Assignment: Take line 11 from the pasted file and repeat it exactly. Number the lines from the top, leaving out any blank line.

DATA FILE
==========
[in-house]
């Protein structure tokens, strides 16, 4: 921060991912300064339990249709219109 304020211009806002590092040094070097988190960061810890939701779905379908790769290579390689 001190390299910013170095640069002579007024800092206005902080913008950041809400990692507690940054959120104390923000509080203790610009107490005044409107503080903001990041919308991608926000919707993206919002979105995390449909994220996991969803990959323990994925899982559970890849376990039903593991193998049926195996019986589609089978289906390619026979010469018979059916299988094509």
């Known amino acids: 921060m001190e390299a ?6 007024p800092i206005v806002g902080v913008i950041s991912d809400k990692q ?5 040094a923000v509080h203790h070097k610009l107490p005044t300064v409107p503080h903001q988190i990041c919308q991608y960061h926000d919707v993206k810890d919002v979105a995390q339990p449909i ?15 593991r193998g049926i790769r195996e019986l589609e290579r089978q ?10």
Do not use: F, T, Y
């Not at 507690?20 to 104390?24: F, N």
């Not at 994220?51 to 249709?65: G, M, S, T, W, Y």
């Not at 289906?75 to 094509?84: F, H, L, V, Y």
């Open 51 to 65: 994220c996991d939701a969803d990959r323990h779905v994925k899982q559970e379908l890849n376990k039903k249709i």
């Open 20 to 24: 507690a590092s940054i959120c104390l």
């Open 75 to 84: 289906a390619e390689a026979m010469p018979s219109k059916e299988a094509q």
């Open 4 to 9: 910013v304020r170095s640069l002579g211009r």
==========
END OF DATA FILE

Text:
């Open 4 to 9: 910013v304020r170095s640069l002579g211009r």